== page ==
US on a large scale in 1947 and up until the 70s when China passed some trade laws, it
was a really rare commodity. Because it was so popular and fetched such
high prices, more and more Shepherds decided to have cashmere goats. Now that had a substantial environmental impact. Goats are hurting animals and such, they move
on, the problem is their hooves pull up the roots of the grass in nomadic desert areas
in Central Asia and because of that, they’re responsible for the expansion of the desert
in those areas. As more and more cashmere goats have appeared,
they’ve eaten more and more of the grass and pulled out more and more of the roots until
there was nothing left and they had to move on. Because of that, Mongolia’s grasslands have
degraded by 65 percent. As a consequence, sand and dust storms now
plague central parts of Asia thus impacting the livelihood and the health of the people
there. So what does it mean for you? Ideally you invest only in the highest quality
cashmere because that will last the longest and therefore, you don’t have to rebuy cashmere
scarves every season thus impacting the desert growth in Central Asia. So what’s the best quality cashmere? One, it’s from combed goats,it’s from Mongolia
or China. It’s about 14 to 16 microns in diameter and
it’s 50 millimeters long which is about two inches. As I said, the higher the ply, the better. So how can you buy quality cashmere? Actually, I’ve always found it was extremely
difficult to find out more information about cashmere especially when you shop online but
also in stores. Sales clerks don’t know what they’re talking
about and people just say “oh it’s quality cashmere”, most of time you don’t learn about
the plies, you don’t learn about the fibre length, they can’t even tell you where it
is sourced and as such, you should only buy cashmere from a retailer where you can return
it after a while. Especially if you encounter pilling after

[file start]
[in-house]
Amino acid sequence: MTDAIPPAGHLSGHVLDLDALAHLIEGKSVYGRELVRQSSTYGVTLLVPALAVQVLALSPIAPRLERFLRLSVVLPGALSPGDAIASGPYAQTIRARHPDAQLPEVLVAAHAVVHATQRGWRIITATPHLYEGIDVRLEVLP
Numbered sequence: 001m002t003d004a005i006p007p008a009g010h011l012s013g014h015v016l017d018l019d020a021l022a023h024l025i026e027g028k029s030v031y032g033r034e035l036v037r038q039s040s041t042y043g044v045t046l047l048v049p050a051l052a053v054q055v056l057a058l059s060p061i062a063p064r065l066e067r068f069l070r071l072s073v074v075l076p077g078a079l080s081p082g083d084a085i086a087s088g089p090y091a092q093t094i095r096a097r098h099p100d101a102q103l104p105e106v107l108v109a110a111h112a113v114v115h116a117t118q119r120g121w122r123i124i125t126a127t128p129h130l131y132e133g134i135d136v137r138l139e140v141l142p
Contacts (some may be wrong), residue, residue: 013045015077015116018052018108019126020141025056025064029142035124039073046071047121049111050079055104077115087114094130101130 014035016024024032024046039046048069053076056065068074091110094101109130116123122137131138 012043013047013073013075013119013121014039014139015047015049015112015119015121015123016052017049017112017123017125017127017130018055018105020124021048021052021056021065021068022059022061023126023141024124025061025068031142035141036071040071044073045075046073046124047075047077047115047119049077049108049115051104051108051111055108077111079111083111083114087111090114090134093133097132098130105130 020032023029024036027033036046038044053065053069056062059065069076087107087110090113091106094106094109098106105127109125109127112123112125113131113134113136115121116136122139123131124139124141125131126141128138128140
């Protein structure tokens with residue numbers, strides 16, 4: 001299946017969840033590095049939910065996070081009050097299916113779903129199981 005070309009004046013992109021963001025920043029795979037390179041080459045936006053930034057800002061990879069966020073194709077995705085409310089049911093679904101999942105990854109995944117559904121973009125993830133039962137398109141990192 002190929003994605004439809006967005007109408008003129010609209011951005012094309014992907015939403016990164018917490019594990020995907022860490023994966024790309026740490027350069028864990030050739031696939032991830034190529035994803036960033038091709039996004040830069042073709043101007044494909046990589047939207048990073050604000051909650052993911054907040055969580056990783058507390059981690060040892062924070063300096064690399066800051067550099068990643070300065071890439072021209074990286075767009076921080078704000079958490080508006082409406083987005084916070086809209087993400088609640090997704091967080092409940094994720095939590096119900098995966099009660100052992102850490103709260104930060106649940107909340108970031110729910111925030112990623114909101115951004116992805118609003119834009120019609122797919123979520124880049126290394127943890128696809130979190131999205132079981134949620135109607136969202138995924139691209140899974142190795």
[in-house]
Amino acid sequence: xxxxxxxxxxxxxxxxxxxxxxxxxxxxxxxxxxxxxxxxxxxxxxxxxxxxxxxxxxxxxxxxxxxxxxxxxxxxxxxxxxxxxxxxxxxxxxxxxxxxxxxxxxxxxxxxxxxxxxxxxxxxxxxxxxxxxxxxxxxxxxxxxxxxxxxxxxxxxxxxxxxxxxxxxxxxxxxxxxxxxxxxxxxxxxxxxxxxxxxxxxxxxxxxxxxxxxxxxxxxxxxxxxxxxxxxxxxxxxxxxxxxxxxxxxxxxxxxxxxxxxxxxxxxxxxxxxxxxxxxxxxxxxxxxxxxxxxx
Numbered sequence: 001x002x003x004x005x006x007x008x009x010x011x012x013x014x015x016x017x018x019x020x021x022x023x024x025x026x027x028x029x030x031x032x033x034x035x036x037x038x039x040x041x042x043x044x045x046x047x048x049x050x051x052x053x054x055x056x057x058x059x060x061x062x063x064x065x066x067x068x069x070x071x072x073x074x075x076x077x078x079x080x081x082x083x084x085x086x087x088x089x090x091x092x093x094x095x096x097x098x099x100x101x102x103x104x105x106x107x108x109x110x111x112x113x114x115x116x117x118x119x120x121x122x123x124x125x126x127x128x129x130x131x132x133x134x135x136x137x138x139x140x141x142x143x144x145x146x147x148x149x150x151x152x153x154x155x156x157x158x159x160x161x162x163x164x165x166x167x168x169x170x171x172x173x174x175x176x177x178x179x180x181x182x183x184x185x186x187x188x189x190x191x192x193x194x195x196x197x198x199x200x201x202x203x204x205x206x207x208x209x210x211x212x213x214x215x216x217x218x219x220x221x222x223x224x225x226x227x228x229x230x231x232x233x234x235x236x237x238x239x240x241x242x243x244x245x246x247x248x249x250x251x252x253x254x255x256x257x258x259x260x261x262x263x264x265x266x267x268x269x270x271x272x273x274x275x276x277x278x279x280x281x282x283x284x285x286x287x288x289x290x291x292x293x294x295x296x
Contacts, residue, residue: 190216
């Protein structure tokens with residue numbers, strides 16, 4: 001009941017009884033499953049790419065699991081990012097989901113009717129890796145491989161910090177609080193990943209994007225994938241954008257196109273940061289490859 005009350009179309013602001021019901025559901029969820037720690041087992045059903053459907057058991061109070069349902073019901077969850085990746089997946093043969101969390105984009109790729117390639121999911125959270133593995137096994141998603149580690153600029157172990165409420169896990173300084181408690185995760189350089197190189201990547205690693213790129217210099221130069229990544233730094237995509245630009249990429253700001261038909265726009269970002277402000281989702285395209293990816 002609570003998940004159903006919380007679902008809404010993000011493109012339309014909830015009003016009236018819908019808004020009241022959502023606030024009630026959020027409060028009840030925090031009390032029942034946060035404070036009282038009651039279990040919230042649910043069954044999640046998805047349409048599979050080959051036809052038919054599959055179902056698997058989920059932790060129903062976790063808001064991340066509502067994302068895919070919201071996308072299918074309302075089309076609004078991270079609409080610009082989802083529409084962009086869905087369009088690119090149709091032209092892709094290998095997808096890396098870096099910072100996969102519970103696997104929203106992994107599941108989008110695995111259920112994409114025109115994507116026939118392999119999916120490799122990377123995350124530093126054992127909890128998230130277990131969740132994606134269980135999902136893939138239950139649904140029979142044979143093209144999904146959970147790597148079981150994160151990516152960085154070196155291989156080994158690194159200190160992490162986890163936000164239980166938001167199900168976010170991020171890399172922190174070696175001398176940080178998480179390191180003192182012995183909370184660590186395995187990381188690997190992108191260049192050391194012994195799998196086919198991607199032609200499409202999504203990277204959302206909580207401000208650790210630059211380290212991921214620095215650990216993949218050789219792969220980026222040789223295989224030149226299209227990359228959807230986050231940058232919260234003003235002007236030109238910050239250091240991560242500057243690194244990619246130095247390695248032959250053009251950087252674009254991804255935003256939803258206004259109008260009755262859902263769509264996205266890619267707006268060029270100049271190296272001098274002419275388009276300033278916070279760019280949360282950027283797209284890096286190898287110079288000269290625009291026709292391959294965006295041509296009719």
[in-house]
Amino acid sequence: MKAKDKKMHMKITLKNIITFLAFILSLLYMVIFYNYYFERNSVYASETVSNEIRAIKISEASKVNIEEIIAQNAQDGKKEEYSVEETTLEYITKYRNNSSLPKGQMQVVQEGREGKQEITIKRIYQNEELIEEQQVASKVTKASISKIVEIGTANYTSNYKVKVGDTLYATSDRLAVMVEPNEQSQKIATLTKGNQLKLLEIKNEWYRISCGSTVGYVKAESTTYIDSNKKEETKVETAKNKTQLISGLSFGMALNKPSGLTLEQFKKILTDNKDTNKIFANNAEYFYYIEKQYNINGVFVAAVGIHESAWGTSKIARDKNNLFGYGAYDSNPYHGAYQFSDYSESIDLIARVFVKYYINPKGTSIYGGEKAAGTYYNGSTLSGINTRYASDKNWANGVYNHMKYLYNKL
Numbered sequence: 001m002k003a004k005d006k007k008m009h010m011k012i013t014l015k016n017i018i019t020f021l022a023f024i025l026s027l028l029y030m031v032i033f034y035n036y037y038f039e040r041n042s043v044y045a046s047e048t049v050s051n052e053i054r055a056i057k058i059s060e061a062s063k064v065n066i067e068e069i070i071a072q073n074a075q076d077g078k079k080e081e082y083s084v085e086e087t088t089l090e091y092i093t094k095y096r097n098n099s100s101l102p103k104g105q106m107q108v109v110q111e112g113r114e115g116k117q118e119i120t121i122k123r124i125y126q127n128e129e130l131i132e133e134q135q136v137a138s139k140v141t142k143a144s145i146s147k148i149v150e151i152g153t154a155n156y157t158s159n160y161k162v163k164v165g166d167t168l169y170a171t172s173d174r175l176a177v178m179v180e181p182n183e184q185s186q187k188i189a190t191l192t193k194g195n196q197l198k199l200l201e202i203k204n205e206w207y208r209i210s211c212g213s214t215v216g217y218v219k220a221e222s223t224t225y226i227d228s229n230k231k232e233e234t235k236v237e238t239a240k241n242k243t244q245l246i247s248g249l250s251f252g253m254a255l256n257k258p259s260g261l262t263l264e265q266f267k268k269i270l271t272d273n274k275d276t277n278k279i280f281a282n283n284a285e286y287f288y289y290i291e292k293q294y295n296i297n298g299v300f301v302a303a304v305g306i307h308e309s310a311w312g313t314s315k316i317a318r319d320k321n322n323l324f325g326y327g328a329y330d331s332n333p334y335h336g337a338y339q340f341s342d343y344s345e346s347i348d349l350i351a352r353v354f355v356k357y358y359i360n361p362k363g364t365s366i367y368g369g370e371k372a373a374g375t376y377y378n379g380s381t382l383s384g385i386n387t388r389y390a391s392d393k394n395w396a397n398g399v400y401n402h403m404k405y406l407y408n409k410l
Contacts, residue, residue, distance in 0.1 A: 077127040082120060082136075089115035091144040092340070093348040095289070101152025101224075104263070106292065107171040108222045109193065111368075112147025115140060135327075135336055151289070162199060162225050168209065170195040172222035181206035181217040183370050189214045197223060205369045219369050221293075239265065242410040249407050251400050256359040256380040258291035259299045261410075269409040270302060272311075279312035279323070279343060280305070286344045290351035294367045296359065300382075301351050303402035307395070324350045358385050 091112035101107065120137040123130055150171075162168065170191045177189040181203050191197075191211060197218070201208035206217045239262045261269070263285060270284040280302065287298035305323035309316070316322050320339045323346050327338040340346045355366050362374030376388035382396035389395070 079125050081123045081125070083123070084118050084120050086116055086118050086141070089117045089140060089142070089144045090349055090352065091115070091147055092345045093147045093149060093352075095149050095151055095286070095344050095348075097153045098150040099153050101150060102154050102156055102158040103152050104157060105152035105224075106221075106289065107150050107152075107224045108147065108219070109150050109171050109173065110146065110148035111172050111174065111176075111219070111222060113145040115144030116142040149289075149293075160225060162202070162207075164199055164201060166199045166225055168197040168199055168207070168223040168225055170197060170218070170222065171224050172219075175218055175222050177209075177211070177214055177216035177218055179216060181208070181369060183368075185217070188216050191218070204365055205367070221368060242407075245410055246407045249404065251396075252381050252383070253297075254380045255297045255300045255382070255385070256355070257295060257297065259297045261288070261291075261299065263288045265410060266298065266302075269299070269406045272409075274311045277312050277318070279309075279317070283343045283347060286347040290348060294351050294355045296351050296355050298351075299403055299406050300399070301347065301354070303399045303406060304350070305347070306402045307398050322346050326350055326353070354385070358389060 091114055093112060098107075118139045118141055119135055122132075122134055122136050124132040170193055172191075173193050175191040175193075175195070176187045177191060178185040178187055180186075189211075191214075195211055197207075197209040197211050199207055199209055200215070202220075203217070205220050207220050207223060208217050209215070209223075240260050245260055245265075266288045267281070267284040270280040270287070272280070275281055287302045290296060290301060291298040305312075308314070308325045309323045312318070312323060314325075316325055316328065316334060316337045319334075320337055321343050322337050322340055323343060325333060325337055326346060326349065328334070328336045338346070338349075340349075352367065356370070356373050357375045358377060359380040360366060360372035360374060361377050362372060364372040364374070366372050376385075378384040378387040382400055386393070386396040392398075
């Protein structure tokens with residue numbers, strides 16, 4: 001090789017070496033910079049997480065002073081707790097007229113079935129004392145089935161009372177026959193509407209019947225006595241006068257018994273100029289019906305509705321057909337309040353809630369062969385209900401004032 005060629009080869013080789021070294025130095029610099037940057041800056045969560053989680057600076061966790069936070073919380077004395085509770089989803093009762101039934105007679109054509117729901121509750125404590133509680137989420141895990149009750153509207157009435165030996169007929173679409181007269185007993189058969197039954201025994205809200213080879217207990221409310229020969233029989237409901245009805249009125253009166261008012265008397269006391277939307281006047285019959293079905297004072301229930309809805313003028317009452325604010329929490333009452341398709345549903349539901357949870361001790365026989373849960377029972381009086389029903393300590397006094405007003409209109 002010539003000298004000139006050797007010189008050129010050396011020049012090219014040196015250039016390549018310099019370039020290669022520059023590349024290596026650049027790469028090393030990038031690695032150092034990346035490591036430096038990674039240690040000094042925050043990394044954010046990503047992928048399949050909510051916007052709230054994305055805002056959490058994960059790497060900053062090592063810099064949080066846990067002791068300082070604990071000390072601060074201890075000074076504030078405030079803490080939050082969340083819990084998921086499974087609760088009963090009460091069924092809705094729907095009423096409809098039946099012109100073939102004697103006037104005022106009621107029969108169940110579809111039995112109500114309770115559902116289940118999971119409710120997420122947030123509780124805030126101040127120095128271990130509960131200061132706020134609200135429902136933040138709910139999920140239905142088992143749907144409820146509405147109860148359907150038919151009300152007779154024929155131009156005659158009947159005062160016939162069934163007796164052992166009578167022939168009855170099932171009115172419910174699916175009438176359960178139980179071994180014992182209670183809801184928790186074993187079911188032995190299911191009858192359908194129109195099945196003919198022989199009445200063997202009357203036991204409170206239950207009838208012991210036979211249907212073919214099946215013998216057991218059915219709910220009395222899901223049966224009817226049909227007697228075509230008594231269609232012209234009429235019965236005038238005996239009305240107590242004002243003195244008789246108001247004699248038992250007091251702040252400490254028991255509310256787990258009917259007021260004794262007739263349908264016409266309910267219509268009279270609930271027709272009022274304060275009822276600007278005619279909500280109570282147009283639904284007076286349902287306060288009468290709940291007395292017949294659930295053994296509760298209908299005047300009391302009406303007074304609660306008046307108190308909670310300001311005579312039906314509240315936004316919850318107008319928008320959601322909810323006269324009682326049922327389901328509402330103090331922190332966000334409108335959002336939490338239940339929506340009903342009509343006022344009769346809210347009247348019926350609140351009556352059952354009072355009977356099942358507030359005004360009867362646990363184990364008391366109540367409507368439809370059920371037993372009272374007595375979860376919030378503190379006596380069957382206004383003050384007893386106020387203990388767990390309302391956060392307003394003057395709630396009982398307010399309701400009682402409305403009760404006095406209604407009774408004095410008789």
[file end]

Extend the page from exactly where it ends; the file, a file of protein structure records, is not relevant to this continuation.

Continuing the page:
a few times of wear. Now that being said, even the highest quality
cashmere will pill eventually, it will just happen muchlater and pilling is usually encountered
in areas of high friction. For a starter for example, underneath the
arms. Of course, you as a consumer can use common
sense because you’re not gonna get a super high quality cashmere scarf for 50 bucks or
for five dollars on the street, that is simply a deal it’s too good to be true. So always check if your retailer provides
enough information about cashmere and we try to do it on our website when we have our scarves
for example or our gloves because we want to make sure that we source quality cashmere
that stands the test of time. So what should you do and don’t do when it
comes to cashmere? First of all don’t be fooled by gauge numbers
when it comes to cashmere, they don’t matter. Do expect that a retailer should explain to
you why their cashmere cost as much as it does. Don’t buy cheap disposable cashmere that has
to be renewed every season and instead.. Do buy cashmere in timeless patterns and colors
that you can wear from now and for years to come. Do consider the cost per wear for cashmere,
especially if you plan to wear it for 20 years from now. Do buy a cashmere products that best utilize
the characteristics of material. Cashmere is very soft and therefore it’s great
for sweaters scarves linings, even ties, however it’s not suited for suits or pants because
in the area around your thighs there’s too much friction and it will pill very easily. Also, if you go for cashmere socks, it makes
sense to blend it maybe with silk or some other fibers to give it more strength while
maintaining its softness. When it comesvto jackets, do buy a hundred
percent cashmere sport coats such as the one I’m wearing here right now. It’s very soft or go with suits that have
merino wool blended with cashmere to add extra softness. Don’t buy cashmere that is blended with polyester
or nylon because usually it’s a very low quality cashmere and you’ll regret your purchase soon
thereafter. Last but not least, how do you care for cashmere? Unlike cotton, it is normally not machine
washable and is a hand wash only item. I’d also try not to dryclean it if you can
avoid it instead, you can get a baby shampoo andgently wash it by hand and then Pat it
dry with a cotton towel and let it air dry gently, ideally on a hanger, unless it’s a